A major transnational research initiative involving partners from eight different countries is in development, with the aim of documenting the manner in which printing personnel, trade skills and trade information circulated across the English speaking world in the nineteenth and early twentieth centuries, and the manner in which social identities were forged and maintained in such print trade arenas. An initial symposium on the subject, supported by the Gladys Krieble Delmas Foundation was held 1-2 October 2010 in Edinburgh. A follow on symposium, sponsored by the University of Southampton's International Fund, was held 9 October 2010.
A British Academy funded pilot study run between 2006-2008 evaluated to what extent Scots migration over the last 150 years has contributed to the skills base and infrastructure of the print trade in New Zealand. Working in collaboration with Victoria University of Wellington, SAPPHIRE sponsored research into Scots who were involved in New Zealand print culture, explored what were some of the results, whether the skills and knowledge gained in New Zealand were fed back to Scotland, and produced reports on primary research material available to develop further studies on the subject.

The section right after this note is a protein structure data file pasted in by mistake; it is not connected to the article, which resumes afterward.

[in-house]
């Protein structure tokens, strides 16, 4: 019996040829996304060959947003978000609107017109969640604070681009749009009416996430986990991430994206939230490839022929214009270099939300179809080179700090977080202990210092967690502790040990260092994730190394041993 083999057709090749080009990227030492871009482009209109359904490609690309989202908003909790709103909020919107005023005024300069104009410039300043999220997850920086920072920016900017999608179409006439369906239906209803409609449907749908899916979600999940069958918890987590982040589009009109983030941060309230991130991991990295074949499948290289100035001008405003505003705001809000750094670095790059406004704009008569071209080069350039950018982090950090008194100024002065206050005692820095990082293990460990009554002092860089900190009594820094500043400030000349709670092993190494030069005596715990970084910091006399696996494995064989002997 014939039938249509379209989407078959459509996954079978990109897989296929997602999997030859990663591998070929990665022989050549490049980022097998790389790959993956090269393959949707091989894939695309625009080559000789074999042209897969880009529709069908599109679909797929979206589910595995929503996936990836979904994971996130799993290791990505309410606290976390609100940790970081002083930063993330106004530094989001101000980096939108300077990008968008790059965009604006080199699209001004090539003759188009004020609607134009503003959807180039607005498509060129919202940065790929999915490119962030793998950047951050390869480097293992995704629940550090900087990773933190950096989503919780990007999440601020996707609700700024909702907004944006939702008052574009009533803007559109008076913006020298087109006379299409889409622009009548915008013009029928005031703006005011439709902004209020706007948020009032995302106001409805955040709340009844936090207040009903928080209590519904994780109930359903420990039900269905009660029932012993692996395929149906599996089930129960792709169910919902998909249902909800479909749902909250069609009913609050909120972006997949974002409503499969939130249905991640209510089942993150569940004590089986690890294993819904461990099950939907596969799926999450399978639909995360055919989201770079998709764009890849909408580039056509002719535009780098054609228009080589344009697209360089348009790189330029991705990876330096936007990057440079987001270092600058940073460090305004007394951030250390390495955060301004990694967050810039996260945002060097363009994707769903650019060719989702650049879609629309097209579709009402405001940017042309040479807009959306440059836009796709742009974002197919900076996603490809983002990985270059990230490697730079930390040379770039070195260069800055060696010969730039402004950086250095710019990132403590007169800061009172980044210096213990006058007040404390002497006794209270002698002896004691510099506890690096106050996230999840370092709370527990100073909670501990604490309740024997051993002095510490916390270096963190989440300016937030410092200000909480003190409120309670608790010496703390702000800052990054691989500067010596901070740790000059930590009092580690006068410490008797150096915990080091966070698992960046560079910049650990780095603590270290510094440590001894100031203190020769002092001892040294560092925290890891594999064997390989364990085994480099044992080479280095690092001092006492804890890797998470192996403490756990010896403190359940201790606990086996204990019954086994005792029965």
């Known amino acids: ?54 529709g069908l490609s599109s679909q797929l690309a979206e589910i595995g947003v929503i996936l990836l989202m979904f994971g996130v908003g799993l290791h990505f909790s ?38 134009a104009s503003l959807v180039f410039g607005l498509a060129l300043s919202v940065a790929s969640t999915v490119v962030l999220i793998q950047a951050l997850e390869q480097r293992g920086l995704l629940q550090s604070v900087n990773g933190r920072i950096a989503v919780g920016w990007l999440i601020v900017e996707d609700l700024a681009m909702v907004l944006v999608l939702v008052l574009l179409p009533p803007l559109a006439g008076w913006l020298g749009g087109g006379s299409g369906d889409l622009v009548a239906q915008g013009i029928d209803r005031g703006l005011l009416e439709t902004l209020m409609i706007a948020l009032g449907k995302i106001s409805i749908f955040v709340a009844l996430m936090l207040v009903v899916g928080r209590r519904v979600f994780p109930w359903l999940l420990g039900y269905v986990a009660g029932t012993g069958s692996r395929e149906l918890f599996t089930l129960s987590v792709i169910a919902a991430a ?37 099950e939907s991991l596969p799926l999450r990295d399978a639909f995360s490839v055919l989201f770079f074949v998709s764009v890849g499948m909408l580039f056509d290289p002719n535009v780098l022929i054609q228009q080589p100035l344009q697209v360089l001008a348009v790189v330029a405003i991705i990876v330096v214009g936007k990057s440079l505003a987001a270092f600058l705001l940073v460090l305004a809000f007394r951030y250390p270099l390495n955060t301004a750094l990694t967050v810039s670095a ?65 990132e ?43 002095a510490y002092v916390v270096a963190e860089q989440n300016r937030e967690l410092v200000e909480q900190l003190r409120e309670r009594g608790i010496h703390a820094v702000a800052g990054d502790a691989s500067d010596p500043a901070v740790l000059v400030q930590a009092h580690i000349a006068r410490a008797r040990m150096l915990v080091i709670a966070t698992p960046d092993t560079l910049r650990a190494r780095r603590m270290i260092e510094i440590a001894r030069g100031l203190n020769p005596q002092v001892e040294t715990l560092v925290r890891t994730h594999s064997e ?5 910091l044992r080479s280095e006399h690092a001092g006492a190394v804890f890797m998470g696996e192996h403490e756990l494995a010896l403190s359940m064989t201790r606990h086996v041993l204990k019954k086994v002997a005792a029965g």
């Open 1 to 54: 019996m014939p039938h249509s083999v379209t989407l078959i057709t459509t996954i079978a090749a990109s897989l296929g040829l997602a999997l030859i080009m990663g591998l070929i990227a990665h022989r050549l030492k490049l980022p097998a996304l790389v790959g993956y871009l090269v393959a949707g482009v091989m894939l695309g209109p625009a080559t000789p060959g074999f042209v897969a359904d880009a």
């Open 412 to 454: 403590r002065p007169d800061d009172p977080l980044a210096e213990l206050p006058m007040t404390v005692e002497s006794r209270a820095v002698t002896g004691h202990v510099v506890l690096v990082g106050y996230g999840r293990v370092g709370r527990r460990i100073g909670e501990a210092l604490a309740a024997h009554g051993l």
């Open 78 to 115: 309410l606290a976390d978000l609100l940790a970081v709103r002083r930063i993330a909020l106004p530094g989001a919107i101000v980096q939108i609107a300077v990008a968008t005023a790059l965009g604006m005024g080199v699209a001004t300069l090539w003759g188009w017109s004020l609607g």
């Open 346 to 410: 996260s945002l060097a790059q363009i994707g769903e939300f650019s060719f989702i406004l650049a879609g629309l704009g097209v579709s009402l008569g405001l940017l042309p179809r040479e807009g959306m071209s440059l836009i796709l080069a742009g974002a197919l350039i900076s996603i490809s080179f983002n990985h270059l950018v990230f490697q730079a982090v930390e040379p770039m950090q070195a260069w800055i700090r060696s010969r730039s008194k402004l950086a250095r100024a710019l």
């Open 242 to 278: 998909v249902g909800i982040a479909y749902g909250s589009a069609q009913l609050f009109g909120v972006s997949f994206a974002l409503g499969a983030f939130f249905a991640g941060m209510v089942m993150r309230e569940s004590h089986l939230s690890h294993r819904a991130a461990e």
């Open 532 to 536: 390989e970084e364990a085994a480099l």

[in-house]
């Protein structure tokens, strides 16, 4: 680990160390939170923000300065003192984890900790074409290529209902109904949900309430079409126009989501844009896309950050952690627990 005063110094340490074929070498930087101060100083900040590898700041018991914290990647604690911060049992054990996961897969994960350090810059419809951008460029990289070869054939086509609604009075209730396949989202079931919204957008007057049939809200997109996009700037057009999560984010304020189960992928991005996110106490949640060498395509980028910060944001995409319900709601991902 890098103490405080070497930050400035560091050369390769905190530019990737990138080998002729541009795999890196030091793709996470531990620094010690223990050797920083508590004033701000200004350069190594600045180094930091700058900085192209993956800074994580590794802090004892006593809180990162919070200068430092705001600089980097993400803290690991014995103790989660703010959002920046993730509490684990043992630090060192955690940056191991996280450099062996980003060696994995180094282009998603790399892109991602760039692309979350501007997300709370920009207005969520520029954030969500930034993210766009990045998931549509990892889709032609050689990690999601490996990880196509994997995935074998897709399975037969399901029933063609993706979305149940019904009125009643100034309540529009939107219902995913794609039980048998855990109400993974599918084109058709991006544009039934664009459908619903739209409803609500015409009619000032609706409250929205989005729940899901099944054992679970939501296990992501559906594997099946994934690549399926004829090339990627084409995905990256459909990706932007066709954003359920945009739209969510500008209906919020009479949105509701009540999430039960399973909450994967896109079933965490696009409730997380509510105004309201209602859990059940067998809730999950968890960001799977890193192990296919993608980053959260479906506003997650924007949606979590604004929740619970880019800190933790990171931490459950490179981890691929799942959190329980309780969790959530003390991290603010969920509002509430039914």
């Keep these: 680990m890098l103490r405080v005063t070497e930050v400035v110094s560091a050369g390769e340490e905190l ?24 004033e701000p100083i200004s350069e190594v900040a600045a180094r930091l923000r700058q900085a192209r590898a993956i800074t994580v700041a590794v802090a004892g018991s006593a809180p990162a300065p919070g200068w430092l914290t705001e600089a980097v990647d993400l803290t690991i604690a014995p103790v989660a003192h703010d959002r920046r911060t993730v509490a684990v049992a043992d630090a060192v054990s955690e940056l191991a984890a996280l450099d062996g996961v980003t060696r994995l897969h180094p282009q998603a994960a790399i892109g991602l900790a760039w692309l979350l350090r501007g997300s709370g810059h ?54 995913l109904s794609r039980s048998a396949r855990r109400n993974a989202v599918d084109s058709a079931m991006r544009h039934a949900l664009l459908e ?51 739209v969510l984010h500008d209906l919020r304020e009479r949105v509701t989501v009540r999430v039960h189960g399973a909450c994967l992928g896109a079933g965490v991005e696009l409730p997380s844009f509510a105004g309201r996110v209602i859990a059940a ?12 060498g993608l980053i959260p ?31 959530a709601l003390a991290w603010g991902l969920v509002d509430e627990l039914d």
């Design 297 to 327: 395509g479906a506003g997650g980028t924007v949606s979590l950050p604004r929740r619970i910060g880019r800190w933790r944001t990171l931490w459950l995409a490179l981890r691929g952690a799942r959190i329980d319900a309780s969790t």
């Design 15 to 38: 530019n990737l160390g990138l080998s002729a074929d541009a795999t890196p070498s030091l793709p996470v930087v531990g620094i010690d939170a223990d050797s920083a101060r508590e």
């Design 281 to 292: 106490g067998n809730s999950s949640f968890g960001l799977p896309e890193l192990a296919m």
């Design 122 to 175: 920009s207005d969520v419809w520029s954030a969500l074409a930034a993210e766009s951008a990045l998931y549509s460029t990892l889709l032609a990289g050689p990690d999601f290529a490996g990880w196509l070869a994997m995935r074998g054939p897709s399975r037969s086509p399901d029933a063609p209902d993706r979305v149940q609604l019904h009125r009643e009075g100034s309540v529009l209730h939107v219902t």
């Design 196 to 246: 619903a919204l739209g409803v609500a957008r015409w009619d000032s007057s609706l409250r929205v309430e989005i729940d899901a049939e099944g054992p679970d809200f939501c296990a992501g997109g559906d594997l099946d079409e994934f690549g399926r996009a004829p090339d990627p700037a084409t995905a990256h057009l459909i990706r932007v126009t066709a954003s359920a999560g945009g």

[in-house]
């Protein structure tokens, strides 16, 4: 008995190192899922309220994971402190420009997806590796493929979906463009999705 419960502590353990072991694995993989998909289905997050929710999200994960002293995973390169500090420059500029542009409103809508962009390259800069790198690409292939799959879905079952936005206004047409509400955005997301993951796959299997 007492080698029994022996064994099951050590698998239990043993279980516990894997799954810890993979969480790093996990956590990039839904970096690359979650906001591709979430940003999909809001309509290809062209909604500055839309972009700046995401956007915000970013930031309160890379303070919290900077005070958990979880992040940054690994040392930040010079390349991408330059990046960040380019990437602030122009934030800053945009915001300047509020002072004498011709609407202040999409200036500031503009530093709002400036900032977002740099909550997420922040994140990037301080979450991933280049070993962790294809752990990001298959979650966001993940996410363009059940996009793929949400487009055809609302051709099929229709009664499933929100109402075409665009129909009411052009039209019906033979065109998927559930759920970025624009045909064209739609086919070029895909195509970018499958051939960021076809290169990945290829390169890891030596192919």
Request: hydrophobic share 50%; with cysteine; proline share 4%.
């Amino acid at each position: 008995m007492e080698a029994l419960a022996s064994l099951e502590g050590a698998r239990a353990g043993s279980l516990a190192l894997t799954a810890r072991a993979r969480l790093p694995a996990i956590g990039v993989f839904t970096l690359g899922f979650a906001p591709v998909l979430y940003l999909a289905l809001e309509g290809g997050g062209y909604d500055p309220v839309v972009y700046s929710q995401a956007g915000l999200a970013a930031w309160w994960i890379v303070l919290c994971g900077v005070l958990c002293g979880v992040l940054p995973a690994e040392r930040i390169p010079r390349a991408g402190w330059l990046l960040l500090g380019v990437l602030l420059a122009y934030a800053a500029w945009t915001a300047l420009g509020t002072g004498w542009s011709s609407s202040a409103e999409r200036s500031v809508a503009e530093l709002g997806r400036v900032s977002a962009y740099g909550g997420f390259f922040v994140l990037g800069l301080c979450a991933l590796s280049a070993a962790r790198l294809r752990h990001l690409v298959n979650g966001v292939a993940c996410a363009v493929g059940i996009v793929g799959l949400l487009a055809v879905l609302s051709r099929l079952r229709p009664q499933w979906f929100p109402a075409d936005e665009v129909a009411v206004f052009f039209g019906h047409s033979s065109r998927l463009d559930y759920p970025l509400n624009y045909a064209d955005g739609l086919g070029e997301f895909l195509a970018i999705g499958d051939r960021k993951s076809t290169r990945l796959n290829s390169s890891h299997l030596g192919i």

Preliminary research, funded by the Carnegie Trust, the Bibliographical Society and the Printing Historical Society has enabled initial research into aspects related to circulation of personnel and knowledge across Scottish printing union networks in the nineteenth and early twentieth centuries. Subjects being researched include membership data, STA journal publications and communication networks, regional, national and international migration and the 'tramping typographer' phenomena.
Key factors in shaping transnational communication links and print union identity were typographical journals, usually produced under the auspices of local or national printing trade unions. Projects and initiatives linked to this aspect of print and typographical activity and social networks form part of the Printers on the Move initiative.
Scots input has been instrumental in establishing industrial centres of paper making activity on both the North and South Island of New Zealand. Some initial results of our British Academy funded evaluation of past and contemporary paper making history and practice in New Zealand are represented in this section.
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